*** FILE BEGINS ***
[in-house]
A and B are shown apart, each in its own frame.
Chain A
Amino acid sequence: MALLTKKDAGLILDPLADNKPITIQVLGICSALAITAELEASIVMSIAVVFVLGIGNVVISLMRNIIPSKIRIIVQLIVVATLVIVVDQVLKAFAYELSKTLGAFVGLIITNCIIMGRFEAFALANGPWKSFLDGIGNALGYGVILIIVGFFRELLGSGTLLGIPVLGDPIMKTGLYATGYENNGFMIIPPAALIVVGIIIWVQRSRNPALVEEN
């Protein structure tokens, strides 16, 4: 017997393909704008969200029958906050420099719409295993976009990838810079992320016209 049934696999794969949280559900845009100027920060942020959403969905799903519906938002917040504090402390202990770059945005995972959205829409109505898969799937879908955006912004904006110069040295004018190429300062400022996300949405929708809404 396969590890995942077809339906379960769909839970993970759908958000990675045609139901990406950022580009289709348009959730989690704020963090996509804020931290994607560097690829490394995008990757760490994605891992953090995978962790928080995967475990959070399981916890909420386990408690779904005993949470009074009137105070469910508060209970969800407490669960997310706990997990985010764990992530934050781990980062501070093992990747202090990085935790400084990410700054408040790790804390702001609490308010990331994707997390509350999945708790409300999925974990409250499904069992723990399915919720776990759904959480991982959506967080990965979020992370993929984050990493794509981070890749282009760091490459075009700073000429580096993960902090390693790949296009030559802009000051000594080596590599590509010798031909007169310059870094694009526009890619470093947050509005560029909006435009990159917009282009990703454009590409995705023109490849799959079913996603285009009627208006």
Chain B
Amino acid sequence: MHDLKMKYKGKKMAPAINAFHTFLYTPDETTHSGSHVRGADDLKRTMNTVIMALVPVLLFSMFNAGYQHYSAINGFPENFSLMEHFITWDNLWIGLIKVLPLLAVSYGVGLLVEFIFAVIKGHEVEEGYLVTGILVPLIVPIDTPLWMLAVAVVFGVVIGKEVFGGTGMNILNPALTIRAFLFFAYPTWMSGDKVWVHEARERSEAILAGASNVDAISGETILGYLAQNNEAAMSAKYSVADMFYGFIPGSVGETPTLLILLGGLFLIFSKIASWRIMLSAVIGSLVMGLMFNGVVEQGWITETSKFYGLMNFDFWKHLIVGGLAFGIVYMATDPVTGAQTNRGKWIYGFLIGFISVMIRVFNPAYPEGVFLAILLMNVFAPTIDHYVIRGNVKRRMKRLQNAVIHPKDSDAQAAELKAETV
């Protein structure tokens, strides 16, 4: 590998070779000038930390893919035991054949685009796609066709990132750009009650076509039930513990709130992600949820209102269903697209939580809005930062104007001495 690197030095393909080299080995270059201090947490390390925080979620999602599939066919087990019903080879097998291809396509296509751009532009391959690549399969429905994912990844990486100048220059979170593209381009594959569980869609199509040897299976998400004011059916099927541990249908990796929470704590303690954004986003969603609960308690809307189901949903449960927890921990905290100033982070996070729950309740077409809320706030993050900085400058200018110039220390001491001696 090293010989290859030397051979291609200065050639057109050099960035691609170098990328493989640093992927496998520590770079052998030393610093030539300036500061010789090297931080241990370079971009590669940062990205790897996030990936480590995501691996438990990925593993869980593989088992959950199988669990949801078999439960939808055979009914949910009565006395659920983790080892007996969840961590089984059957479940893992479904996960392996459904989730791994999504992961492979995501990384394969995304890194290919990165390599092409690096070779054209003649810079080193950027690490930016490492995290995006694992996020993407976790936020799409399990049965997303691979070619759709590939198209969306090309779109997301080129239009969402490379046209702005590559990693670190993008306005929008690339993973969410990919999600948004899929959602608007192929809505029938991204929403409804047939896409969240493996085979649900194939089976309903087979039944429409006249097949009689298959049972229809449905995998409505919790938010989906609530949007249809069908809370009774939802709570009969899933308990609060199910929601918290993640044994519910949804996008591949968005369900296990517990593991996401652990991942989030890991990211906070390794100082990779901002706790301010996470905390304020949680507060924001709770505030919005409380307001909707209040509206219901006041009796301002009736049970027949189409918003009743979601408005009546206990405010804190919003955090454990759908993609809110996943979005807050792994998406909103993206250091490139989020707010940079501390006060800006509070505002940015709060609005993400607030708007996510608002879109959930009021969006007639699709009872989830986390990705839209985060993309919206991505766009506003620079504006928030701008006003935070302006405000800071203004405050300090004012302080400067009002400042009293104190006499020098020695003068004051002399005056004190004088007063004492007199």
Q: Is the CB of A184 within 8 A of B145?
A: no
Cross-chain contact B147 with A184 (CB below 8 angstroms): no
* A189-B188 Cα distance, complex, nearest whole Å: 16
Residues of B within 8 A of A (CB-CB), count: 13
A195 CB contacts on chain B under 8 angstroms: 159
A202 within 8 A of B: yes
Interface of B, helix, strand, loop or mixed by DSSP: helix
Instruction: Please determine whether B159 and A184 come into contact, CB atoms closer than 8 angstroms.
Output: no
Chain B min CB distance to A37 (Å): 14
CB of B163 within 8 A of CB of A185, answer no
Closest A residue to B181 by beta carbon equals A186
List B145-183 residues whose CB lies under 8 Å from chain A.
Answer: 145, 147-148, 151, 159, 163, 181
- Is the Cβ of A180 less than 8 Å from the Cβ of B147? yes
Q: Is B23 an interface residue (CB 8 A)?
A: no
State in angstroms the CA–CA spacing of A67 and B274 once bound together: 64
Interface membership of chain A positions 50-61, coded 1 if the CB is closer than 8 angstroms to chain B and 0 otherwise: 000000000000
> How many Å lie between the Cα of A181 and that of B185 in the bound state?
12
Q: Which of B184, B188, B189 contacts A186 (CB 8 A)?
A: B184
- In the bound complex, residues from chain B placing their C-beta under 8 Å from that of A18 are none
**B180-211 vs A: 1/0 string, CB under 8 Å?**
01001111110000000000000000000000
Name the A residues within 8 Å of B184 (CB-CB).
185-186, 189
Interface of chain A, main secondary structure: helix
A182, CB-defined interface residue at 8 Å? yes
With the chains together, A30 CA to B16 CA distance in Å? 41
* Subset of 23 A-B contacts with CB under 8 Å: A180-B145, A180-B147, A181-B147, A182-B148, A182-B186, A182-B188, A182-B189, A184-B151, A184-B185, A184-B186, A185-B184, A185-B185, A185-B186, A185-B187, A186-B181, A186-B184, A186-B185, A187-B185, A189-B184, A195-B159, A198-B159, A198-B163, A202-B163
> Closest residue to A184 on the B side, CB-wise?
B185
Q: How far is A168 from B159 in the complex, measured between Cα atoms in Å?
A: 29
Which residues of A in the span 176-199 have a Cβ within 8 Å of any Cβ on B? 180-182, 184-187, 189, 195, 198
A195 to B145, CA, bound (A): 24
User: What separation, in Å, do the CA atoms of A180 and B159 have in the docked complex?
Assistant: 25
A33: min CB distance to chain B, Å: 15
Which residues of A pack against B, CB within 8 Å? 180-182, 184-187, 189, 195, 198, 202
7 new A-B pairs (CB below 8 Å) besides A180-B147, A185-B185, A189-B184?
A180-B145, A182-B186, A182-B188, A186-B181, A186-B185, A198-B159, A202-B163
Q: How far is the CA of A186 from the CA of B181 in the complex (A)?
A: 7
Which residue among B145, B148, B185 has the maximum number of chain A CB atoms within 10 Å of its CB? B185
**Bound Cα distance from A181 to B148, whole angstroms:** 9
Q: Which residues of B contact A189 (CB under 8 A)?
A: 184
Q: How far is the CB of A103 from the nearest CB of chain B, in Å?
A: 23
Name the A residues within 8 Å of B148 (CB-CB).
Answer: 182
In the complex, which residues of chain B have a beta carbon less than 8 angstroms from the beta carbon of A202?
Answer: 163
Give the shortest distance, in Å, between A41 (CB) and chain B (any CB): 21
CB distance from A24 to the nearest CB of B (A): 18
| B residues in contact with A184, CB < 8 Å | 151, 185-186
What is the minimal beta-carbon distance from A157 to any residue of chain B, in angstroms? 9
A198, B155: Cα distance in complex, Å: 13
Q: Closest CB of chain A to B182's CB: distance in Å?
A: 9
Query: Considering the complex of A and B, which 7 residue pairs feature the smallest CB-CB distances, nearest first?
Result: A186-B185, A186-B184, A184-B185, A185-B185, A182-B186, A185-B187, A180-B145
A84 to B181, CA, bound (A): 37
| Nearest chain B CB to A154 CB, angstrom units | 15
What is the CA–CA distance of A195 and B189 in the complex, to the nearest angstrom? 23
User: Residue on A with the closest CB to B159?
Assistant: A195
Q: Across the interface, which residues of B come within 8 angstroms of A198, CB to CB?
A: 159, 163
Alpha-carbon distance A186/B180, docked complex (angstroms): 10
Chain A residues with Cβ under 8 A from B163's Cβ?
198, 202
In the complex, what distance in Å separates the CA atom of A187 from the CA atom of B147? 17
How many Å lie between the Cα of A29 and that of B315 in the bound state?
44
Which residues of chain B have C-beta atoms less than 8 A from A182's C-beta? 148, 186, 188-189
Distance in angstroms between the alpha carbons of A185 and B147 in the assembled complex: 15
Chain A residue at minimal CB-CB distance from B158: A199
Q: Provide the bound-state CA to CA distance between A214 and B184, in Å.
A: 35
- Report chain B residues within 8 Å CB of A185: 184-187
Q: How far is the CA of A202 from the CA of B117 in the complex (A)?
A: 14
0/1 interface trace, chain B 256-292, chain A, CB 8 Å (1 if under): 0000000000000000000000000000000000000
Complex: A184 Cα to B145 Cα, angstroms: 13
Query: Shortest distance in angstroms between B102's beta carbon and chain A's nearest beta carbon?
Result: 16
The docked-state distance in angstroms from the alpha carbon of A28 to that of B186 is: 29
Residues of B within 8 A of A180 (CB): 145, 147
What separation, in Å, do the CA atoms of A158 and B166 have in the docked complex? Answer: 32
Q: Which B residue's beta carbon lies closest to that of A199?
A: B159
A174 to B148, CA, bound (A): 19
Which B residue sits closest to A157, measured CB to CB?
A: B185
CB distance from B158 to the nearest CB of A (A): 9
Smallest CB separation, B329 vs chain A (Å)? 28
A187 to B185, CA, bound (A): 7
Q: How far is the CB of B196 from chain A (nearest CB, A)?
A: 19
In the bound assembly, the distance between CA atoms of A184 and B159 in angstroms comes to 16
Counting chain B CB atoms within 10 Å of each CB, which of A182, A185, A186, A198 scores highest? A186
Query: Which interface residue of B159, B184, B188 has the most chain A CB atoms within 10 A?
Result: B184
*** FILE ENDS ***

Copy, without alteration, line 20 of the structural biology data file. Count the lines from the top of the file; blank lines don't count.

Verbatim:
CB of B163 within 8 A of CB of A185, answer no